The Facebook log-in page. (Mandel Ngan/AFP/Getty Images)

FACEBOOK IS going after media ma­nipu­la­tion. Just don’t call it misinformation.

The company, which announced the removal this week of more than 800 publishers and accounts for political spamming, has stressed that its decisions were based on how users behaved, not the content they shared. It is easy to see why: Facebook is fighting the spread of distorting material ahead of next month’s midterm elections, but sidestepping any subjective choices about moderation that could inflame the public, or legislators.

The removals, which affected both right-leaning and left-leaning accounts, are a reminder that influence campaigns do not originate only with foreign adversaries. People here at home have learned a few tricks from Russia — whether they are meddling for monetary profit or political gain. And while most Americans cheer on Facebook rooting out overseas interference, shutting down domestic actors raises concerns about free speech. Umpiring truth is no easy task; it can be difficult to determine what is legitimate expression and what are falsehoods too dangerous to let stand.

This difficulty explains the social-media platform’s decision to focus on objective standards around spamming. This week’s purged pages attacked the marketplace of ideas; they did not contribute to it. By artificially inflating their audiences through fake accounts, likes and shares, these actors flooded users’ news feeds to create an illusion of U.S. consensus on key issues. The worst of them even fooled Americans with seesawing name changes calibrated for popularity: A page called “What About Hillary’s Emails?” one month could be called “Save the DREAMers” the next, and “Capitals in the Stanley Cup” the month after that.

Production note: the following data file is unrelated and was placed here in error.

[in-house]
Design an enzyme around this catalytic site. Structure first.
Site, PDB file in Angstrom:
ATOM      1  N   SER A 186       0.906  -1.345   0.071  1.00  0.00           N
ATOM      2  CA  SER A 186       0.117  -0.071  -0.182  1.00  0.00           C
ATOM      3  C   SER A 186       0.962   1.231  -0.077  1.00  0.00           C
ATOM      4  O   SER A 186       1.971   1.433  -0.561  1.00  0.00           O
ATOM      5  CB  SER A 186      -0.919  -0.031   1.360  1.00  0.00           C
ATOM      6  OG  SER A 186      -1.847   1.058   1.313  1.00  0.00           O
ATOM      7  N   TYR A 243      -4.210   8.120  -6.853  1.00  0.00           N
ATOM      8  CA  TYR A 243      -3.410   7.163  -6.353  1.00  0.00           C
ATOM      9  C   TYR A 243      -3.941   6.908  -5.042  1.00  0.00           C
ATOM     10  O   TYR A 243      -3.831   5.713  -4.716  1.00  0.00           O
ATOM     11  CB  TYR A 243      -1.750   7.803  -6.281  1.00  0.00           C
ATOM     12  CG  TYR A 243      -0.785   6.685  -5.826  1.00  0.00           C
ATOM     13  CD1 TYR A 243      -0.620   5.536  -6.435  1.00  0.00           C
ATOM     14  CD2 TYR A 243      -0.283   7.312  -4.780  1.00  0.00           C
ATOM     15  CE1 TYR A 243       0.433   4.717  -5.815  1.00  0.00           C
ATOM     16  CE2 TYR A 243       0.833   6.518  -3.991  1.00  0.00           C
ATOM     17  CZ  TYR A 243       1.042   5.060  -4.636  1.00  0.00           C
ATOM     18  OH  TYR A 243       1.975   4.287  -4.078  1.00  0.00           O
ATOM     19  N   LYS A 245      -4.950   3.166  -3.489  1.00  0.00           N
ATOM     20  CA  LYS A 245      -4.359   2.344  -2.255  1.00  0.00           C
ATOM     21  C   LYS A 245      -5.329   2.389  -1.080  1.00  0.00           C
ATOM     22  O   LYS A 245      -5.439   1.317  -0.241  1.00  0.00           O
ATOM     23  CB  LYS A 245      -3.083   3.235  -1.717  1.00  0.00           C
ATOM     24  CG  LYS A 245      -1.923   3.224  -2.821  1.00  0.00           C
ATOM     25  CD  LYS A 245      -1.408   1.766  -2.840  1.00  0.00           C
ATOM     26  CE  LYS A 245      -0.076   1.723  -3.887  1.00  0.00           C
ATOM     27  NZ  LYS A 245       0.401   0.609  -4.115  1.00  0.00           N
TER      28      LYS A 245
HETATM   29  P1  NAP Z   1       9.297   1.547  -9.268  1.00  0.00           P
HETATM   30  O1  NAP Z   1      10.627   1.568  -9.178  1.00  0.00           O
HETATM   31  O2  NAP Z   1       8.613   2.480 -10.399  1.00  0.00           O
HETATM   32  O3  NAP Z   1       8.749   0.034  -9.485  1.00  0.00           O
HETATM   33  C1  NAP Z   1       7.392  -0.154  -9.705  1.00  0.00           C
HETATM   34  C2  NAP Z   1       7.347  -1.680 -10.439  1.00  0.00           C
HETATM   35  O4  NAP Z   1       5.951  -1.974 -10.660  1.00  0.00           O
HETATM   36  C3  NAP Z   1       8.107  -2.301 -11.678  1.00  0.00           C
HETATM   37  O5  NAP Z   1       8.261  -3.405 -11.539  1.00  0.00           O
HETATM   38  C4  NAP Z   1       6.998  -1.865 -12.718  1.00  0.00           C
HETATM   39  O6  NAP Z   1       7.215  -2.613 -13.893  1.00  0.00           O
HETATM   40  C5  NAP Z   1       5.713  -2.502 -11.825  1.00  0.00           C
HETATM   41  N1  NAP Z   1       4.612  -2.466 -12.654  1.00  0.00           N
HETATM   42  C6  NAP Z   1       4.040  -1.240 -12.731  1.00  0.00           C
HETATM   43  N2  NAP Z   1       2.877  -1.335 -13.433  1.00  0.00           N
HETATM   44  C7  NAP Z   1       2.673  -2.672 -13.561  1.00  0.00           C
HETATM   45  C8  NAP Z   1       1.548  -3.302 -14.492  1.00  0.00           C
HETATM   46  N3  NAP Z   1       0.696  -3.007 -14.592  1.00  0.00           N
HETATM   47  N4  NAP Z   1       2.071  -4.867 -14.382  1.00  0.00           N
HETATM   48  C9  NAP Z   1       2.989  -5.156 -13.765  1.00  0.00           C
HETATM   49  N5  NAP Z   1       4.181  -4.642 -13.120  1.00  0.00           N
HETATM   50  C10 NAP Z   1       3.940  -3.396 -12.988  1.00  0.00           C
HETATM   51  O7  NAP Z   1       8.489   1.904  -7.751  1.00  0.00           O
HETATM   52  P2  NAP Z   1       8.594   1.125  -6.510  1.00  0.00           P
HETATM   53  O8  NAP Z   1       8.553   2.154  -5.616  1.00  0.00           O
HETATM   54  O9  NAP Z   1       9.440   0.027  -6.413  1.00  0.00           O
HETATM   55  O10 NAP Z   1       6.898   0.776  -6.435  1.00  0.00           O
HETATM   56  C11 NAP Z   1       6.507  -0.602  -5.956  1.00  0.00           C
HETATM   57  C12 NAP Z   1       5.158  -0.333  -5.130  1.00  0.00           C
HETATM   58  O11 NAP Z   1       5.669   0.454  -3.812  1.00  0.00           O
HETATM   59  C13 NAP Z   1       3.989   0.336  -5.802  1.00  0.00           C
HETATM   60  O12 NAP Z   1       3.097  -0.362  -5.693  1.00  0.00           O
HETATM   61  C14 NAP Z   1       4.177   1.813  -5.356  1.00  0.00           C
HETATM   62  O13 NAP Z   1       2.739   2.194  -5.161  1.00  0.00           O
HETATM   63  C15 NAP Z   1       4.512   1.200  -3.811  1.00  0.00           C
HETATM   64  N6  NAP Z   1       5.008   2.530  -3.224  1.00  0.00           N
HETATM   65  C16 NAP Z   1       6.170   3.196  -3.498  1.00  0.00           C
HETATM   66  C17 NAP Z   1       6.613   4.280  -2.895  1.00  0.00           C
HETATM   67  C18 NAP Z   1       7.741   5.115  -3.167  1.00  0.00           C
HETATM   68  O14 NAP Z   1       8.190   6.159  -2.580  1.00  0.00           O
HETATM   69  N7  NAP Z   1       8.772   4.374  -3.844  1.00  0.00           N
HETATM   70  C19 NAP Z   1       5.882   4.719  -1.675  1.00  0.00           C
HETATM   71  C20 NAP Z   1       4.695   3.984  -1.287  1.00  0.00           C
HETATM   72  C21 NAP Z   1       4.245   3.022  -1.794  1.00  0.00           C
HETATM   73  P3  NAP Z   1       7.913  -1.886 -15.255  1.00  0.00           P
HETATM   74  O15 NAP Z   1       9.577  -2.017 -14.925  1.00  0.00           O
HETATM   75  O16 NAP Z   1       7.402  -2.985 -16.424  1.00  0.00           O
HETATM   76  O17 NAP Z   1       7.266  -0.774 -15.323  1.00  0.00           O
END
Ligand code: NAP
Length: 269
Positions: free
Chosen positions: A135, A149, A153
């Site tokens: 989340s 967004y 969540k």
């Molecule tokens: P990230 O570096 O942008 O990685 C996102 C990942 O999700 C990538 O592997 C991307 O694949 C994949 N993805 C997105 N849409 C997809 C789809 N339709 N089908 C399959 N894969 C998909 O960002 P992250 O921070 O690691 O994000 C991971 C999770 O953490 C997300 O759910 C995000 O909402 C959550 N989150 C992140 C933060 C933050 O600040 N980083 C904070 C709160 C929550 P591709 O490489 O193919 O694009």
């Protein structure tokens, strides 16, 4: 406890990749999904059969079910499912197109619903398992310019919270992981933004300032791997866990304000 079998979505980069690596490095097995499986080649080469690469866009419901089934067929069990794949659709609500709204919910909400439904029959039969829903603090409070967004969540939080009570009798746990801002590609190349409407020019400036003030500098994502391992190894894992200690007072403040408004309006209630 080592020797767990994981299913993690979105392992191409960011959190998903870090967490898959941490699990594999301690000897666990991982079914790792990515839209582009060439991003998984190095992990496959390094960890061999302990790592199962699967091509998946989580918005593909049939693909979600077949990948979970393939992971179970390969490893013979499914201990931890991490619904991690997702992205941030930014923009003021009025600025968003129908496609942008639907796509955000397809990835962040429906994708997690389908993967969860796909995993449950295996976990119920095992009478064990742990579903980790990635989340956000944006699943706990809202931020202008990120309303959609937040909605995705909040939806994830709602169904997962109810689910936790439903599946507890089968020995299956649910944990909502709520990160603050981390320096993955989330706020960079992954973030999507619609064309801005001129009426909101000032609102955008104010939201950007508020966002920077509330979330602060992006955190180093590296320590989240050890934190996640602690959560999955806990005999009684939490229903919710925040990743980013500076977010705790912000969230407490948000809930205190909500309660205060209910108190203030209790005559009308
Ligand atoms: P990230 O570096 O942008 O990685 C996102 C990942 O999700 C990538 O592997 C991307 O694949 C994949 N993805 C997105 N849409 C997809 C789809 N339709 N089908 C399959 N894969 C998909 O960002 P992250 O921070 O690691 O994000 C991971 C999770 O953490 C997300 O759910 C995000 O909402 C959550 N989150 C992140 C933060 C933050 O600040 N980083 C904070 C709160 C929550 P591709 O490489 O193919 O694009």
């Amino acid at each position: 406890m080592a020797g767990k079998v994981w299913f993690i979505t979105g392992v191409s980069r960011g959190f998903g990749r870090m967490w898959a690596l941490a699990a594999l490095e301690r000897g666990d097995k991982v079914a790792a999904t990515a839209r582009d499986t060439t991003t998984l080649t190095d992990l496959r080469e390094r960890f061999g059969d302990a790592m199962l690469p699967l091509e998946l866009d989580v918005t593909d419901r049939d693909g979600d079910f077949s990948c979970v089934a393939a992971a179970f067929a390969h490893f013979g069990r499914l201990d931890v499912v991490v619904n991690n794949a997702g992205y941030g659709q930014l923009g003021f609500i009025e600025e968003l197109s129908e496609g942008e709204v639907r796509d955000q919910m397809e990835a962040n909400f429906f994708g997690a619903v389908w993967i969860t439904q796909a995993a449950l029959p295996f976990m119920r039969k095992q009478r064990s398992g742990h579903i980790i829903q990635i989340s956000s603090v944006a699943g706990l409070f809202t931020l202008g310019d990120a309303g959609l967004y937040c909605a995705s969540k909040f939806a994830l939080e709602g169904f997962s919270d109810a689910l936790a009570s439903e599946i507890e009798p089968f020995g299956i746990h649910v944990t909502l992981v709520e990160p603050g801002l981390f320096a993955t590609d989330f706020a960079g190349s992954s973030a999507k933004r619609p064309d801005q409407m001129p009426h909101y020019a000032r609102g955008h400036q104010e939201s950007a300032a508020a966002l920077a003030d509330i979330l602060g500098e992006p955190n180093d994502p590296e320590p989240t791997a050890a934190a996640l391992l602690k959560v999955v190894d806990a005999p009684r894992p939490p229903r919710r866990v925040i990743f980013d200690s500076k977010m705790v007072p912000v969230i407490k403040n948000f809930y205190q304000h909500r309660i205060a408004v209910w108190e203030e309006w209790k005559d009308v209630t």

Facebook did not examine the content the pages disseminated, and some of them may not have shared information that is technically false at all. Still, this week’s removals and any that follow will likely eliminate some prominent purveyors of misinformation — just as Alex Jones was banned from Facebook not for his signature hoaxes but for violating its hate-speech policies. Though Facebook may eventually have to answer the misinformation question directly, cutting down on distorting behavior is a smart way to eliminate some of the noise online without prompting even more shouting on Capitol Hill.

As Facebook gets more aggressive in policing its platform, it should take care to prioritize transparency where it can for users whose accounts are removed. It should also invest more in appeals processes: At least one of the publishers named this week plans to plead his case. And Facebook users should feel warned: 800 accounts are gone, but many more likely lurk undetected or undisciplined. Facebook cannot afford to stop there.